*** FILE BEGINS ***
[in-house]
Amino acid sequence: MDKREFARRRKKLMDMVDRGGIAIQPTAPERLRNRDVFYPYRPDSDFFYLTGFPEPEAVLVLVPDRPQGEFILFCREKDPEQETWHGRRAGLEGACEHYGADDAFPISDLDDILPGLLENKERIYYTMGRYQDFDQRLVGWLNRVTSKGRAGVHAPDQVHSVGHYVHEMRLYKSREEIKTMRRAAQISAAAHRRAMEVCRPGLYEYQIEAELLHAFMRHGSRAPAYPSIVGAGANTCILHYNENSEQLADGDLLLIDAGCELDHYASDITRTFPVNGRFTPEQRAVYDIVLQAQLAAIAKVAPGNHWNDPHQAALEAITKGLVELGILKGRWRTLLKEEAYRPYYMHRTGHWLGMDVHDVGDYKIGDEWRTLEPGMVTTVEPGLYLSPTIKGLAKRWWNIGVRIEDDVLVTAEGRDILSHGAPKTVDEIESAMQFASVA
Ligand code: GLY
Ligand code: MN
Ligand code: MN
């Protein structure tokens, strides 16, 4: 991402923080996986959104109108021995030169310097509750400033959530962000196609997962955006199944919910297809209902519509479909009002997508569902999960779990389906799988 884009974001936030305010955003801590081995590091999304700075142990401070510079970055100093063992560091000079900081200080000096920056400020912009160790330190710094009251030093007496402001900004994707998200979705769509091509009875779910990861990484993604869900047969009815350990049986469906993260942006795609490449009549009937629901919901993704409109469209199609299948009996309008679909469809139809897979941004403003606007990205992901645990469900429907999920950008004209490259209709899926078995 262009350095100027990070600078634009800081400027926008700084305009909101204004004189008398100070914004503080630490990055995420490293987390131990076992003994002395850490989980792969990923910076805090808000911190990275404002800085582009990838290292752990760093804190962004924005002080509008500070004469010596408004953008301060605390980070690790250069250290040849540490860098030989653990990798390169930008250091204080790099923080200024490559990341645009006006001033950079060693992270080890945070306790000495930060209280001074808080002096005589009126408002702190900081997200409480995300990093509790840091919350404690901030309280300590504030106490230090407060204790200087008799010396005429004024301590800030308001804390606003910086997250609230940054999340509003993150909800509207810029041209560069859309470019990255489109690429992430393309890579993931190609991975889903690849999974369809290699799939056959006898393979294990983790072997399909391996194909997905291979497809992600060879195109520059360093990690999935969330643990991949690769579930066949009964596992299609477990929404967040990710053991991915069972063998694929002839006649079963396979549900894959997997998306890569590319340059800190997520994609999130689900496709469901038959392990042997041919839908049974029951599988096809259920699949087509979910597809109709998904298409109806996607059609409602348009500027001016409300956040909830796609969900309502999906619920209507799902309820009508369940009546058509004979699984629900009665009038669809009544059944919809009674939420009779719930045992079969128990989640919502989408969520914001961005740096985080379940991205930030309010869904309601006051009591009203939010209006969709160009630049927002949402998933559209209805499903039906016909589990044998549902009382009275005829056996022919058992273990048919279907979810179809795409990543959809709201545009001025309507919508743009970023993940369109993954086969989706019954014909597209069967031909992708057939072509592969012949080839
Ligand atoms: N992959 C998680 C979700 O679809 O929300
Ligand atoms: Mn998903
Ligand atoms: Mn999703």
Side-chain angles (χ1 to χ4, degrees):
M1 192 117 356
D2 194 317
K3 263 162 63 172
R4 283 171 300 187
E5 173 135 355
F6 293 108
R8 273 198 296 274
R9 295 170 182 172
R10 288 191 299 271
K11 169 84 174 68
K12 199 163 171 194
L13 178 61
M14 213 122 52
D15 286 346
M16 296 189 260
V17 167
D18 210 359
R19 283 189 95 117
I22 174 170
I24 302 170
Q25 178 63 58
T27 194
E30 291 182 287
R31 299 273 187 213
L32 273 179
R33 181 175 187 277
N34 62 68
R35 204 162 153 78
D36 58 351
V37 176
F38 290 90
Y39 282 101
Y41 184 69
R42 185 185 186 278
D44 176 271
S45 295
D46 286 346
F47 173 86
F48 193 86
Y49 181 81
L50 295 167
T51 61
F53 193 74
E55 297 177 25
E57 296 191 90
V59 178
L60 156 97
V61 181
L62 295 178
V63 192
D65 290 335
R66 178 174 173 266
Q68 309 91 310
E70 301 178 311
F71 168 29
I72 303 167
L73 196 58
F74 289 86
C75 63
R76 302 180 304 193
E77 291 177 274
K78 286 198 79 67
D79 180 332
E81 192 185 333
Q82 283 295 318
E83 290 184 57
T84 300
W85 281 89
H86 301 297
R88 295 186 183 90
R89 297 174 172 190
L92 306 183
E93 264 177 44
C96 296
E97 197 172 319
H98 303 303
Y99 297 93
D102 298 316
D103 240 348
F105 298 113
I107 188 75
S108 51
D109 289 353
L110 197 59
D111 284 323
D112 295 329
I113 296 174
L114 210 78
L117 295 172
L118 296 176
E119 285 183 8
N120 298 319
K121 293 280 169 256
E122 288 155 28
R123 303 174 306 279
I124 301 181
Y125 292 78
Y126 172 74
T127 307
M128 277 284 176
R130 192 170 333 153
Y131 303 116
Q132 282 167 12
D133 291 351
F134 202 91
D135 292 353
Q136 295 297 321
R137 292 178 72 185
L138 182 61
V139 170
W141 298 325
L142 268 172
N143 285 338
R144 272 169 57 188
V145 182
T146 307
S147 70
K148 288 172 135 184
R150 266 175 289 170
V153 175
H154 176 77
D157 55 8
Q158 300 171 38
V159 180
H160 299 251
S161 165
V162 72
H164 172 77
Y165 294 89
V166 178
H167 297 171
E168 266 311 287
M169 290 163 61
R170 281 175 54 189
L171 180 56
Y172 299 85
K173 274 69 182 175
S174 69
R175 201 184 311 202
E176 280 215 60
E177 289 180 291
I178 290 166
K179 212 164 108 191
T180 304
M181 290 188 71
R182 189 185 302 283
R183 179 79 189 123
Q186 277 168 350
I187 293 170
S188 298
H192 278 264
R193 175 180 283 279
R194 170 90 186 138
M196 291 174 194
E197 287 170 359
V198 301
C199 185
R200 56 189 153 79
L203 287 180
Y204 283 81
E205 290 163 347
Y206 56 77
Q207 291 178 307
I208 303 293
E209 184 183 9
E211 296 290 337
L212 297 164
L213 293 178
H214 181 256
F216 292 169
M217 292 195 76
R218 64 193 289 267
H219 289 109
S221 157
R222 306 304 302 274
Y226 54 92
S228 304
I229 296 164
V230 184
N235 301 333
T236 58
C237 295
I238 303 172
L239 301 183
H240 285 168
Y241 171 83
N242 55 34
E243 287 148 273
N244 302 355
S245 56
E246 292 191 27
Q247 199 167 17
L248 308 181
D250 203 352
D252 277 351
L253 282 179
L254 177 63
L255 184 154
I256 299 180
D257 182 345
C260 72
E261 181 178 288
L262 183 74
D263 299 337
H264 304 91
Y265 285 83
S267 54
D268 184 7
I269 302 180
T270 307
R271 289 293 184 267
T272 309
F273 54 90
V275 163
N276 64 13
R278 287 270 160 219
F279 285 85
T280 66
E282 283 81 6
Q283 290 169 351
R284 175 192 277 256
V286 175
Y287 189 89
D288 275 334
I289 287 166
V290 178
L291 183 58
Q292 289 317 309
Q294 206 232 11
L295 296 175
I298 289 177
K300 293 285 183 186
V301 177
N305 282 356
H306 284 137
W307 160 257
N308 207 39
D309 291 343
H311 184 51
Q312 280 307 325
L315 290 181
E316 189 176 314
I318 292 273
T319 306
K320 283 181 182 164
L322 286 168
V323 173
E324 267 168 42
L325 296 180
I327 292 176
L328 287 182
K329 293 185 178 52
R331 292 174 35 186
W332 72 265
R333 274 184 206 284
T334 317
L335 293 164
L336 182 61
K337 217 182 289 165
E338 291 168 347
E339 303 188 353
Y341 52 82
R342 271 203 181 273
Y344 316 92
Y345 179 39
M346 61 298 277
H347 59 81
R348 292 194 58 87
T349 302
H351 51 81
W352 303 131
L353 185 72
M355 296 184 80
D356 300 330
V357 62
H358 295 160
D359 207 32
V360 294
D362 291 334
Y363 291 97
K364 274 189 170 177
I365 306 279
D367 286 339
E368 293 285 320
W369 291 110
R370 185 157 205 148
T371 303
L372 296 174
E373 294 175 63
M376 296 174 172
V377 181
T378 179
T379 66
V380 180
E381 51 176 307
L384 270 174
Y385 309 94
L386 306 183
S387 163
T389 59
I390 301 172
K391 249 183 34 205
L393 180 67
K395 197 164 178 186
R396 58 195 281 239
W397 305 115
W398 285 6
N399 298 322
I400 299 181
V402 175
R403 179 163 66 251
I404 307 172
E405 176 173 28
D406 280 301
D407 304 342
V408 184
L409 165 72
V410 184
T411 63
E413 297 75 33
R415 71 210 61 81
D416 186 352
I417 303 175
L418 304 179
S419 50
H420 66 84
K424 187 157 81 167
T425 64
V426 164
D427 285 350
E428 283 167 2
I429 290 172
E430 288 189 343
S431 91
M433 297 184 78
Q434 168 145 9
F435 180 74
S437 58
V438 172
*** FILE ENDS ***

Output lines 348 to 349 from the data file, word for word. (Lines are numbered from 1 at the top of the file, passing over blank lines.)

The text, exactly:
S437 58
V438 172